Research: Key to Africa's Sustainable Development

Published on 20th June 2008

Sustainable development is very important to ensure better livelihood and food security, especially in Africa. Africa is faced with numerous externally driven policies that hinder development. Unless a pragmatic and principled leadership that is guided by research based decisions exists at all levels, sustainable development will not be achieved.

In the 17th Century, the colonisation of Africa meant adoption of new cultural trends,introduction of new political and religious systems and disregard of African culture. Unfortunately, there was no prior research to inform these decisions.Consequently, African culture has been adulterated, if not completely lost in favour of newly introduced ways of life. Political management in parts of Africa was based on longtime experience in conflict resolution. For example, Uganda had a number of kingdoms based on ethnicity and defined territorial boundaries. These kingdoms included Buganda, Bunyoro, Ankore, and Busoga to mention a few. The nature and dynamics of such political structures were not well studied prior to making decision on the suitable future political system for African states. A copy and paste approach to structural adjustment led to intermittent intra-state and tribal wars for immigration rights, border integrity and  natural resources.

It is not only politics that was affected negatively, but also technological advancement. While the West and now the East have their own original technologies, Africa remains torn between the two. Each development project comes with its own externally advocated technologies often based on development objectives at the source. Hence, over 90% of the technology used in Africa leads to indebtedness. Sources of borrowed technologies have a solid base founded on long time research agenda.

It is with this background that cross-culture and participatory research is very important for generating informed decisions for steering Africa to development.

Research in development management

Research informs management and offers packages appropriate for sustainable development. According to the International Foundation for Science (IFS, 1993), research has been a top down process with the top being the source of research funding-hence setting the  research agenda. A 1987  IFS report also reveals that African researchers simply regard research as a source of contacts with researchers abroad, a means of publishing in international journals and a source of revenue for the host institution.t  With the above mentality, research in Africa has neither been appropriate nor a source of informed management decisions.

Participatory and demand driven research yields desired output.Through involvement of all stakeholders, real problems are understood and appropriate corrective measures designed. If applied across the board, this approach would bring into force developmental leadership.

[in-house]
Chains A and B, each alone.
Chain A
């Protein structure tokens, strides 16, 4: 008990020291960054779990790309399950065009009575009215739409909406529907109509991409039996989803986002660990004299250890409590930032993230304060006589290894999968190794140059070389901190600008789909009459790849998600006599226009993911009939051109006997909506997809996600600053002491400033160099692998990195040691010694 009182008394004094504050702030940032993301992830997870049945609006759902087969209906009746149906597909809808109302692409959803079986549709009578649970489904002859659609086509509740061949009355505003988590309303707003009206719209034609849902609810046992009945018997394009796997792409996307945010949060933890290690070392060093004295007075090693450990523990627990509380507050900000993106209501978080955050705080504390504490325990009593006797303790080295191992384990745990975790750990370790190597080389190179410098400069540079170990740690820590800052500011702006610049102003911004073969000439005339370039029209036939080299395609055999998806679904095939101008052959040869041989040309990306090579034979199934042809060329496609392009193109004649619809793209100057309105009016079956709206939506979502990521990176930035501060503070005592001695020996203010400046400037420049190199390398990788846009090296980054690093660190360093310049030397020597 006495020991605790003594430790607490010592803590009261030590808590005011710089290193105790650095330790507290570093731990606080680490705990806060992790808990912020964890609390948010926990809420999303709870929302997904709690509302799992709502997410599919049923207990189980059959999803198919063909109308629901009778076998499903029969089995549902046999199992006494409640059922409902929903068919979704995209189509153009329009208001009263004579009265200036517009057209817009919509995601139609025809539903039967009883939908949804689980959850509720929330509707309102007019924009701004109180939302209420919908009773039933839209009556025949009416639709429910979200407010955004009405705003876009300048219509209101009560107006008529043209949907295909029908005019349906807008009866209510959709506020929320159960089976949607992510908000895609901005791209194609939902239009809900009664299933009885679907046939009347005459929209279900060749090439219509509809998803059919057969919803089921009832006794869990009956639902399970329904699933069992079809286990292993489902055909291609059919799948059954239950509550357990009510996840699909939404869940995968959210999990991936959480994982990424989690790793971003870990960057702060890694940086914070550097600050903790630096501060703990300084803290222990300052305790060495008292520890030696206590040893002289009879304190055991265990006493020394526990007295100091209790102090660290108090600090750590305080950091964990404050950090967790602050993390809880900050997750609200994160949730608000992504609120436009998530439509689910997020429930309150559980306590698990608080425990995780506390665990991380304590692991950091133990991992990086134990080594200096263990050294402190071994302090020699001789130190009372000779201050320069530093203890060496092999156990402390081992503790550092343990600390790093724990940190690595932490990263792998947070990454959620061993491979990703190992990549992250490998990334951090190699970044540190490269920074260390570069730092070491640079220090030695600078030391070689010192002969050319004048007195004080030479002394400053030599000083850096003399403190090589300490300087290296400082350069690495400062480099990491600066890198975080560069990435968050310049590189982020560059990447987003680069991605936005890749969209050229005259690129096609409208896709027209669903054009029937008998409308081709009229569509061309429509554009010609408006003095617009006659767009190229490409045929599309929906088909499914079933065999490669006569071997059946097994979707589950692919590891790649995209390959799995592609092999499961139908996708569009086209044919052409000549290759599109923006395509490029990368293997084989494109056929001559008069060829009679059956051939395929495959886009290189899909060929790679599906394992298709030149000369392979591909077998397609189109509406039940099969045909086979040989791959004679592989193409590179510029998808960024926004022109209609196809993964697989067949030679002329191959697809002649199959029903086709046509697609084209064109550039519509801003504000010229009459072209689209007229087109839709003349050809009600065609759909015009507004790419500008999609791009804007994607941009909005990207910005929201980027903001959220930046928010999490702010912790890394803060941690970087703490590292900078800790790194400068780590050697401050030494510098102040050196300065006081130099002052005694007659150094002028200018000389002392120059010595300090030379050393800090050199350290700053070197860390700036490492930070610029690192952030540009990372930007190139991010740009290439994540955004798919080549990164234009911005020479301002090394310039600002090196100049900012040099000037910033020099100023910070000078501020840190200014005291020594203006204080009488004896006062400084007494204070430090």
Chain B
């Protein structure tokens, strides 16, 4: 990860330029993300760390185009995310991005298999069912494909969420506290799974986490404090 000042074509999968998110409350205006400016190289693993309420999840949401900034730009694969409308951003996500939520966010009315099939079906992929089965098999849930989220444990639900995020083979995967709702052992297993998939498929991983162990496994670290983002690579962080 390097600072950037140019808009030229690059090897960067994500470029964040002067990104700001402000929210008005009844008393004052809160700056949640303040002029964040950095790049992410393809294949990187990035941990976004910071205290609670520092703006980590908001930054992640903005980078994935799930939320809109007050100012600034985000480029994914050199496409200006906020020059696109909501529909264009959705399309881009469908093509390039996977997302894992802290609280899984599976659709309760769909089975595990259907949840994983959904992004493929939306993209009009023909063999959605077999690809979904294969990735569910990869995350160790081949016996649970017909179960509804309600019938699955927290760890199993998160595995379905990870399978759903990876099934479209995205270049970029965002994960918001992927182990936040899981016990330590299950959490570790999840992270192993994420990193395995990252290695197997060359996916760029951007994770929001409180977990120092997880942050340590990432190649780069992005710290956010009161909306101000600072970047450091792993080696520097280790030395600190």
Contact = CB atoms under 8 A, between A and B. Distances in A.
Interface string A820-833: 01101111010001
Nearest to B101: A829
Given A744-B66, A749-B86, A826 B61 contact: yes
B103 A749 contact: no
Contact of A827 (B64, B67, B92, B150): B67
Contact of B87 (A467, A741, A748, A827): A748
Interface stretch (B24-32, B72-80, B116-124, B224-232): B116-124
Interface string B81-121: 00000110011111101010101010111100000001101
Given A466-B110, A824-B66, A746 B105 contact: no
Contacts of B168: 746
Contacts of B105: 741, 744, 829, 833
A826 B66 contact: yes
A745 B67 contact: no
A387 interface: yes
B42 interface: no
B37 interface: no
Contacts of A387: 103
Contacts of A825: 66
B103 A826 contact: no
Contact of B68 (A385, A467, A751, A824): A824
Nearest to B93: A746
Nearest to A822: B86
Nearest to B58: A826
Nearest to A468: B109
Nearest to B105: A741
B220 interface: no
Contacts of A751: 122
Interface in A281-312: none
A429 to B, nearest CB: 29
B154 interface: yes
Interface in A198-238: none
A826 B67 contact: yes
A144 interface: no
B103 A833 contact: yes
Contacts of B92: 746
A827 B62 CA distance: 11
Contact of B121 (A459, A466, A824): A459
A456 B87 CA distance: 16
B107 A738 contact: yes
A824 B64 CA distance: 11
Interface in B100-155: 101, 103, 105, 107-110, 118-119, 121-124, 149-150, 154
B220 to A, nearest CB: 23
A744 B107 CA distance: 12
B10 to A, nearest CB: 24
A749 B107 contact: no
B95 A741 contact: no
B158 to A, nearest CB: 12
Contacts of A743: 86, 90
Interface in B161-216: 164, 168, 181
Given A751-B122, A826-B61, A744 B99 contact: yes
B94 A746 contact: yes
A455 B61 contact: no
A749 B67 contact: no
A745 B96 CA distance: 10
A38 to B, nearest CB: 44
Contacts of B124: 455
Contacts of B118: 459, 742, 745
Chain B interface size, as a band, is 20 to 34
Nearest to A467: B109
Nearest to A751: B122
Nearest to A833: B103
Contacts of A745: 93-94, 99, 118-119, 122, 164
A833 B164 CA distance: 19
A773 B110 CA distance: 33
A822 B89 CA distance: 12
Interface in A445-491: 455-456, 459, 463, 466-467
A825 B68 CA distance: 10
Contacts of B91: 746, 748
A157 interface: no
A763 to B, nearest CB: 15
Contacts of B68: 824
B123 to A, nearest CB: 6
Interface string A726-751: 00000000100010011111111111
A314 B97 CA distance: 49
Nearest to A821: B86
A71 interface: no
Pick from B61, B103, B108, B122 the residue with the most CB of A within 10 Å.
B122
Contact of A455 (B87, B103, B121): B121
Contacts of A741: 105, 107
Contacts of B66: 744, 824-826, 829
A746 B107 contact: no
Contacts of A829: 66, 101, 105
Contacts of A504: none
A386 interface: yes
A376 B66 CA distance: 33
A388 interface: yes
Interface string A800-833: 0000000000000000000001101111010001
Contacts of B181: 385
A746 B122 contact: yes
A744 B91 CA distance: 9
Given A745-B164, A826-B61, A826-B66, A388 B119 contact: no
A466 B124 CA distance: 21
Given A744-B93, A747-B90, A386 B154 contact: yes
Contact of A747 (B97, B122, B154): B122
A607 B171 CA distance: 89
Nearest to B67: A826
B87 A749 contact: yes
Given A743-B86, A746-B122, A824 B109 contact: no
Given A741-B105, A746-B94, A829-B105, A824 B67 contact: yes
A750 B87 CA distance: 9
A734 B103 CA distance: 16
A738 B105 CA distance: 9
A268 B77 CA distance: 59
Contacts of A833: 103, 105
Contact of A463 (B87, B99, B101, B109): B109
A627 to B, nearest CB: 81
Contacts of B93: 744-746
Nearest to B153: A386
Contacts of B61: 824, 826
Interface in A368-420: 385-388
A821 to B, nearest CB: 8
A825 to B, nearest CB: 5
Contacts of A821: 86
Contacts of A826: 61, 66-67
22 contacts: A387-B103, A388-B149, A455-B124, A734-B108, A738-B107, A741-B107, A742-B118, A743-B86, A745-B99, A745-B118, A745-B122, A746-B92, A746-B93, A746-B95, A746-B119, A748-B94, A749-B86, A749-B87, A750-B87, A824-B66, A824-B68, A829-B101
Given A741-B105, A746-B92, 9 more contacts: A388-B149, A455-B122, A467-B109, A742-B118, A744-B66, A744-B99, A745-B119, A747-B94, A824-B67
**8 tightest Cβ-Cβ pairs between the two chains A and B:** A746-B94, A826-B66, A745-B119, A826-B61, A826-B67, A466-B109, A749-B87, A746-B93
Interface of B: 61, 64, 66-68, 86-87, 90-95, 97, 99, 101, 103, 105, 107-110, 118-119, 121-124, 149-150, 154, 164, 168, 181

If Africa is to develop sustainably, she must have her own set development agenda based on real African community needs. Through cross-culture, multidisciplinary and participatory research, appropriate solutions would be found. It is these original findings that would form a base for decision making, which would pivot Africa to development.

Research generated development options ought to achieve planned objectives, but must also be legal, acceptable and in line with overall development goals. Development objectives known to date have foreign origin. Take the case of the millennium development goals (MDG) and structural adjustment programmes. For these to be meaningful to the African people, their relevance should have been investigated before adoption. Now that they are already in force, they  must be given an African perspective. Where necessary, Africans must refocus international agenda to the needs of the African people.

Africans central to development

Countries that have ably achieved development focused on their cultural diversity and values. African people do need to appreciate their own, self and with high esteem. Development starts with self discovery, appreciation, and subsequently development. African may have to take lessons from recently transformed economies such as China, South Korea, Malaysia and Thailand. Here change was ably managed. This was possible because they adopted their own home policy, development goals, and methods, organizational structures, using their own people and based on their cultures. The African people should be at centre of African development.

Conclusion

To achieve sustainable development, African people must re-focus their development objectives along their cultural background and aspirations. African leaders and development managers must be pragmatic and principled to effect that change. Therefore, there is need for research to evaluate and analyse the status quo as well as internationally floating development objectives against the urgent needs of the African continent. It is along these research outputs that management of African development strategies should be based. Until this is effectively done, Africa will remain underdeveloped, indebted and a market for developed economies.


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